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Local charity launches Singapore's first dedicated wildlife rescue centre

By Gladys Ow, Channel News Asia

3357 days ago   Article ID# 74384
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Animal Concerns Research and Education Society

SINGAPORE, SINGAPORE (Channel News Asia) - More efforts are being made to tackle the illegal wildlife trade in Singapore, which is surpassed only by the trafficking of drugs and weapons.

A new shelter aims to rescue distressed animals and return them to their native homes.

"Blue", a Vervet monkey, is the inspiration for setting up Singapore's first dedicated wildlife rescue centre.

Six years ago, Blue was kept illegally as a pet at a house. But thanks to the Animal Concerns Research and Education Society (ACRES), Blue became Singapore's first-ever primate to be repatriated home to Zambia.

ACRES hopes Blue's story is only the beginning of more successful rescue efforts.

More than 9,000 animals were seized in the last three years.

At ACRES' newly-launched Wildlife Rescue Centre at Chua Chu Kang, protected species found will be nursed back to health, before being returned to their native environment.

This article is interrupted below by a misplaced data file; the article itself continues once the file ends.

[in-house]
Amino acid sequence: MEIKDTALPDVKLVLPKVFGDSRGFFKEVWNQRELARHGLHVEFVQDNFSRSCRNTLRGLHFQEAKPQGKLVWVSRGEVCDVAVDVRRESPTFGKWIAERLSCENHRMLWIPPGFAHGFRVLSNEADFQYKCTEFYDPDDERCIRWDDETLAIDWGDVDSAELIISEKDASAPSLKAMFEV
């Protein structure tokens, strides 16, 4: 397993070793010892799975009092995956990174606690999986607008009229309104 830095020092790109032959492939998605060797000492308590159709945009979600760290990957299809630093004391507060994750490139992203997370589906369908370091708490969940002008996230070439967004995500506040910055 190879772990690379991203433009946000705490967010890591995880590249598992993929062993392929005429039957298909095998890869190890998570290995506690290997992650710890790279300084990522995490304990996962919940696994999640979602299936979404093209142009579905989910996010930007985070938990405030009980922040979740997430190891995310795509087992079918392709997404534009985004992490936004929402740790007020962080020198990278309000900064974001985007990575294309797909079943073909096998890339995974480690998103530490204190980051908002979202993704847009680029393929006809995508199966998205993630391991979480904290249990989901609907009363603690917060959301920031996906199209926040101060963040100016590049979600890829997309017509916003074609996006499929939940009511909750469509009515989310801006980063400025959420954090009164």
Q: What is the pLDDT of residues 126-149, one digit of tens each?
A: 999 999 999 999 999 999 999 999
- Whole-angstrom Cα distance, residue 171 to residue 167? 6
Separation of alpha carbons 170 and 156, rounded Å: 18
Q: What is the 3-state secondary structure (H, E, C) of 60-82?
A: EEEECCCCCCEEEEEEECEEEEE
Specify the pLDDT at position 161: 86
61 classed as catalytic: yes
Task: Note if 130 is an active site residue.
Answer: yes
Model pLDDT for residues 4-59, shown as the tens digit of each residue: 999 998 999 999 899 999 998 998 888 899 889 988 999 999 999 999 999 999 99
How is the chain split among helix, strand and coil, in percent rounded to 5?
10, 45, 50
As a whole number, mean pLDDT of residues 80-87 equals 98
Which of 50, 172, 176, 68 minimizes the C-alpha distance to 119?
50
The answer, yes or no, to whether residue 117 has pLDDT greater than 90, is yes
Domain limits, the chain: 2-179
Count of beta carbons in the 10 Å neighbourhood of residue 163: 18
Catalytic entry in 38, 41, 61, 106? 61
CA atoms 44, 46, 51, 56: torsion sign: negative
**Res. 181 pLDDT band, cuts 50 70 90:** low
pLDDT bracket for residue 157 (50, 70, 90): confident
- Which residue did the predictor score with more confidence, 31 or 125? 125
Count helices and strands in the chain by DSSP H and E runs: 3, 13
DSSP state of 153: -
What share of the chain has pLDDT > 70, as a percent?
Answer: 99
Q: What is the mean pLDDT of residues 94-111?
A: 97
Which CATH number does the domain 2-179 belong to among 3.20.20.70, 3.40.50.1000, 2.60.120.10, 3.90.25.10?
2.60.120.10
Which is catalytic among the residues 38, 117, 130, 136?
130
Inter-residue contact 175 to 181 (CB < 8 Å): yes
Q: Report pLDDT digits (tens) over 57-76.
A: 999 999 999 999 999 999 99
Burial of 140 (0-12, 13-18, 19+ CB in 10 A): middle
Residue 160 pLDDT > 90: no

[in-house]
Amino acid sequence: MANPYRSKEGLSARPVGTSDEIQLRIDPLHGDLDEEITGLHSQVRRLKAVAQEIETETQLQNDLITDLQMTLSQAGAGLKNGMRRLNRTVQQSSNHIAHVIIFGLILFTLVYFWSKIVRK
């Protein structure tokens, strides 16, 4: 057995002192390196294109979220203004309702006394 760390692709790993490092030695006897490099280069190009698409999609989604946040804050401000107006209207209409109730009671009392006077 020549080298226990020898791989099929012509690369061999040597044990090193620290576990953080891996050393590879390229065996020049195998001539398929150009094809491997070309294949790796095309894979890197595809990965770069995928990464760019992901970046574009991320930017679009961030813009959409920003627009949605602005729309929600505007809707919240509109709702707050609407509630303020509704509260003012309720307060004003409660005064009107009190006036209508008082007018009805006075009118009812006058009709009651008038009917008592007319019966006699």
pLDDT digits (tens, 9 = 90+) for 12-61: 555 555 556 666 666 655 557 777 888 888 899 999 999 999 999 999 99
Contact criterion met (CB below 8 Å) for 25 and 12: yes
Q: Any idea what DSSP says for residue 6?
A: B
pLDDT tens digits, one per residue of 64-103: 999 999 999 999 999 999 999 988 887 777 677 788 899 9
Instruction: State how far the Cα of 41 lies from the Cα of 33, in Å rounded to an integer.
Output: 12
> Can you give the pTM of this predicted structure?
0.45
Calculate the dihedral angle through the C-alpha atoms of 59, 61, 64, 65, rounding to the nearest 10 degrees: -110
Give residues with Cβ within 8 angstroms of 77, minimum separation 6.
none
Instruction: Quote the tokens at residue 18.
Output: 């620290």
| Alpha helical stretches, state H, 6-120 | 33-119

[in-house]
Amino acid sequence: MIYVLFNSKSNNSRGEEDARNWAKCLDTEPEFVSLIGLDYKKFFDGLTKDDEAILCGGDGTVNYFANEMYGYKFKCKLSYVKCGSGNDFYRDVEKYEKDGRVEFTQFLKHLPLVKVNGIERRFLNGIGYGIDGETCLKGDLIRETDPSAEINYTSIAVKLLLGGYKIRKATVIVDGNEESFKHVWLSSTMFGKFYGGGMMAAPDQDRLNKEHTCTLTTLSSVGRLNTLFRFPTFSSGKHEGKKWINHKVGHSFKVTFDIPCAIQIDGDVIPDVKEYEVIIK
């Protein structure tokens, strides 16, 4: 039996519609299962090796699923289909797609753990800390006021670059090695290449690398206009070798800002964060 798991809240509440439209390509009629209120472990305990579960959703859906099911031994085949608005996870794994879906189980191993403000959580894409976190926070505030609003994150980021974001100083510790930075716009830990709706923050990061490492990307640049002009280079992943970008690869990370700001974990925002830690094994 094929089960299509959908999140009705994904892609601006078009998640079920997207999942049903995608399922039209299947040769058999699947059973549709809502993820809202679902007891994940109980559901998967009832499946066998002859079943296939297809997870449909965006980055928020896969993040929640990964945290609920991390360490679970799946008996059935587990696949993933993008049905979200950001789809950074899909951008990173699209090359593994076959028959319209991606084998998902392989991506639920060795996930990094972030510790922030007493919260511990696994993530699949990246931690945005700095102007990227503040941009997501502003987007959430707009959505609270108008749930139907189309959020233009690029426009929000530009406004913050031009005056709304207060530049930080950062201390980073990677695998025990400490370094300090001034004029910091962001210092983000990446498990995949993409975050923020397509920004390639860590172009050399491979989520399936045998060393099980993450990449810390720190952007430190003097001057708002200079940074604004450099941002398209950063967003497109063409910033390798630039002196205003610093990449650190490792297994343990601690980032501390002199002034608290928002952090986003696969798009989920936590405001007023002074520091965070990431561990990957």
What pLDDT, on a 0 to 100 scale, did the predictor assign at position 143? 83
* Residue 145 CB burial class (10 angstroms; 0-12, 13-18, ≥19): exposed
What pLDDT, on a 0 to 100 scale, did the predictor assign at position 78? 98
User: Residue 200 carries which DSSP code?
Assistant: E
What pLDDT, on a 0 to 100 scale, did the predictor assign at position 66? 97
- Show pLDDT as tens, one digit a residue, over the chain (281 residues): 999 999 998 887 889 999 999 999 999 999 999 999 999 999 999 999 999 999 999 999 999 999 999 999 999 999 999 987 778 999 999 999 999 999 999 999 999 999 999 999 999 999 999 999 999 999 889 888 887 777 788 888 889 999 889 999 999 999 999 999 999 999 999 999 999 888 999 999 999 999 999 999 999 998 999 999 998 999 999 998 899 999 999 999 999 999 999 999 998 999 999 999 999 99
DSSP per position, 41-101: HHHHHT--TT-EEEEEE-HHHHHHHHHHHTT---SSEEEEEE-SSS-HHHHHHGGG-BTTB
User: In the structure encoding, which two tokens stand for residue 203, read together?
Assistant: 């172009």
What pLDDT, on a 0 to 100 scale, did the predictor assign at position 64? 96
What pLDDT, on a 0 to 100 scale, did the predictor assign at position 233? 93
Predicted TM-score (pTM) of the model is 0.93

However, it is not just about tackling the illegal wildlife trade. ACRES also wants to educate the public on protecting animals and the environment.

"Penny" has a deformed hind leg. Penny would have been put down by the puppy farm she was brought from if ACRES had not rescued her and cared for her.

Penny is now the centre's mascot for education, which ACRES believes is key to ending animal cruelty and illegal wildlife trade.

The charity has worked closely with schools and community groups since 2001. ACRES' education programmes, reaching over 100,000 children and adults every year, encourage compassion and responsible behaviour. It has worked with 83 schools since 2001.

Louis Ng, executive director of ACRES said: "Most importantly, what we want to do at the ACRES Wildlife Rescue Centre is to create awareness, which is why the first block you see at the entrance is the Lee Foundation Education Centre.

"It is not just about rescuing the animals; it's really about creating awareness, getting the public involved, getting them interested about this issue. Now we have 18,000 supporters in our database. Is that a sign of progress in Singapore? Without a doubt it is."

Progress did not come easy for ACRES. The building of the centre's main sanctuary area has been delayed because of a pending court decision on a pollution lawsuit.

It has been delayed for about two years and will be delayed by at least another six months. Its contractor had allegedly dumped woodchips onto the site, which caused the discharge of wastewater into a channel linked to the Kranji reservoir.

ACRES is awaiting the decision of the judge on whether the main contractor and its director are liable to ACRES in this regard.

When completed, the centre can hold up to 400 rescued wildlife, including reptiles, primates and native birds. Pets like dogs will be handed over to other organisations like the SPCA.

Copyright 2018 Channel News Asia   (Copyright Terms)
Updated 3357 days ago   Article ID# 74384

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